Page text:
(Joyce) #1

28 Artists Magazine June 2020


You’ve probably heard the saying,
“Learn from the best.” I believe that’s
what we as artists are doing when
we copy a masterwork. Today’s repre-
sentational painters often envy the
rigorous study that classically taught
art students once received. Their
training focused on how to create
the illusion of three-dimensional
reality on a two-dimensional surface
and methods of mixing and applying
color, among other things.
As rigorous as this training was,
it was considered to be merely “the
basics.” The real education began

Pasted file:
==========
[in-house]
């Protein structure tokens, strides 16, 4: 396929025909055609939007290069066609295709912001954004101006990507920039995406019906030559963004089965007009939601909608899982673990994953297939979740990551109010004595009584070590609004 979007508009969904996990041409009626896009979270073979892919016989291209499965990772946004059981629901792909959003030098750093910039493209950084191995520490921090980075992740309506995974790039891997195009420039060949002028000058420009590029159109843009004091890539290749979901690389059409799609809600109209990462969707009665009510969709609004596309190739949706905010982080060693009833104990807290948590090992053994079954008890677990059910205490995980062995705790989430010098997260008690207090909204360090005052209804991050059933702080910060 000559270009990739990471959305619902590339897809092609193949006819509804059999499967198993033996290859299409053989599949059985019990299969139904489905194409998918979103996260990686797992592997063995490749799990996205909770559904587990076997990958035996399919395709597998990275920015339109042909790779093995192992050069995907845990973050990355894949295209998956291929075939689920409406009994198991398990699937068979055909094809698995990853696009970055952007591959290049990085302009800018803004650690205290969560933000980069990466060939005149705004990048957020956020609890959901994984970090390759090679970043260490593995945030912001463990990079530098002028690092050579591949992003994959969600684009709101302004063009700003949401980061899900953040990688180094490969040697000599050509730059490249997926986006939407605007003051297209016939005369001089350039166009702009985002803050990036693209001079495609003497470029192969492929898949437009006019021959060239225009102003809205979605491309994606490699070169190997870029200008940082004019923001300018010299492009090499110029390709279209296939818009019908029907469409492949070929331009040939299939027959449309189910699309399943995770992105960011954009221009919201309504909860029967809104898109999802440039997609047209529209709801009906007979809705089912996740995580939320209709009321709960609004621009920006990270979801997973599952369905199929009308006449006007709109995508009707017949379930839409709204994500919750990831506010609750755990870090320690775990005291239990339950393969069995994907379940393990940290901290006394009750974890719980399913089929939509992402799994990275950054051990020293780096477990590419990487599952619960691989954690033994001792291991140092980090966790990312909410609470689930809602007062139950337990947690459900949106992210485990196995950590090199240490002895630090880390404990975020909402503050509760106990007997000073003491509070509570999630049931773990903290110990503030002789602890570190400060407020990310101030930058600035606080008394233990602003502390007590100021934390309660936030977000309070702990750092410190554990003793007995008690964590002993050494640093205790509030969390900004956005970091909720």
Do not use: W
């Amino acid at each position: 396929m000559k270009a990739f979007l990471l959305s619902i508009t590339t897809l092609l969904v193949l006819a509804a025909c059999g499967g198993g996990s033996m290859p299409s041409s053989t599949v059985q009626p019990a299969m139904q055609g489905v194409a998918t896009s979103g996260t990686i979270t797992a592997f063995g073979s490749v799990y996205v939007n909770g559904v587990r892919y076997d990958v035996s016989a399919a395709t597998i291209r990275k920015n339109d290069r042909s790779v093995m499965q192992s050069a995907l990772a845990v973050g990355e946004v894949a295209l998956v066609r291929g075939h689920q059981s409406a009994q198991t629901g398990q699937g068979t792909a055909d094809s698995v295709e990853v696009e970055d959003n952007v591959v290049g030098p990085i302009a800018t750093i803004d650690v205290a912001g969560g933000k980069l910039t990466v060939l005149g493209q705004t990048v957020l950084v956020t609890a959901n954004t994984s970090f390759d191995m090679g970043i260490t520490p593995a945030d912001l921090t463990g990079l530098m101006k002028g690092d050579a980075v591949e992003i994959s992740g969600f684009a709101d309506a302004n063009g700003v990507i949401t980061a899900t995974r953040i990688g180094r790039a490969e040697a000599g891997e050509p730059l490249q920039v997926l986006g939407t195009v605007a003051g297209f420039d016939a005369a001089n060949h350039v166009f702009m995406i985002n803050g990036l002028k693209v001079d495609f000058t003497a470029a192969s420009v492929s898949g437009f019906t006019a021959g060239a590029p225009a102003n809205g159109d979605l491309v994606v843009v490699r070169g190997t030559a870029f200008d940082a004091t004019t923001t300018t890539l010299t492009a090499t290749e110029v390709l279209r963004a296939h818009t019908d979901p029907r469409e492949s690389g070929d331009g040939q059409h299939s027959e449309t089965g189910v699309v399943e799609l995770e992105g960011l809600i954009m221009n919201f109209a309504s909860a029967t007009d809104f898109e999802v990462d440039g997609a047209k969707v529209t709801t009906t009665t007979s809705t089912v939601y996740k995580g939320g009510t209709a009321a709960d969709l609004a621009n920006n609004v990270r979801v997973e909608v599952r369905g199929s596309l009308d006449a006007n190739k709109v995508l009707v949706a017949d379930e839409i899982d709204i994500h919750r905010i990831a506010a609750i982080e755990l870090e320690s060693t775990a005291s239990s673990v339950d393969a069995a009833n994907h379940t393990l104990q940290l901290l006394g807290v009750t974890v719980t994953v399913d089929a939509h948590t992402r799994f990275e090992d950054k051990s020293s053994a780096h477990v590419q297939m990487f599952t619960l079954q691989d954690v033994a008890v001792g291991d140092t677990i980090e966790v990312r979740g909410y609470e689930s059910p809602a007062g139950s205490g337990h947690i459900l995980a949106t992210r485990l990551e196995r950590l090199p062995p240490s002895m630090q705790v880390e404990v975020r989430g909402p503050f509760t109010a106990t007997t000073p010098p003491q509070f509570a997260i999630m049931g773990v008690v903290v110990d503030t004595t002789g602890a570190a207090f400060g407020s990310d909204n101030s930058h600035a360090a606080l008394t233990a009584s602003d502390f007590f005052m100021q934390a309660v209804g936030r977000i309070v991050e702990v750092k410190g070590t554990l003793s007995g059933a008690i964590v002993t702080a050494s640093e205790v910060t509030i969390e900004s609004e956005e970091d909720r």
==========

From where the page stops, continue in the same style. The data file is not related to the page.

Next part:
when advanced students were sent
off to museums such as the Louvre
and the Prado to copy the works of
masters such as Rembrandt, Titian
and Velásquez.
The students weren’t expected just
to absorb the masters’ techniques and
methods but, more importantly, their
aesthetic—that is, their refinement
and sense of beauty. The students
weren’t to become clones of the mas-
ters. Instead, they were supposed to
absorb the accumulated wisdom of
past art-makers in order to become
masters in their own right. And they
did. Sargent, for example, carried his
copies of Velásquez paintings with
him throughout his life to serve as
inspiration and reference.


Copy From the Best

WILLIAM A. SCHNEIDER off ers what you can learn when you “steal” from the masters.

After Fechin, Young Girl
by William A. Schneider
pastel on paper, 18x12
My goal for this copy of
Nicolai Fechin’s Young Girl
was to replicate the feel of
the Russian-American
master’s broken-stroke oil
technique in pastel.
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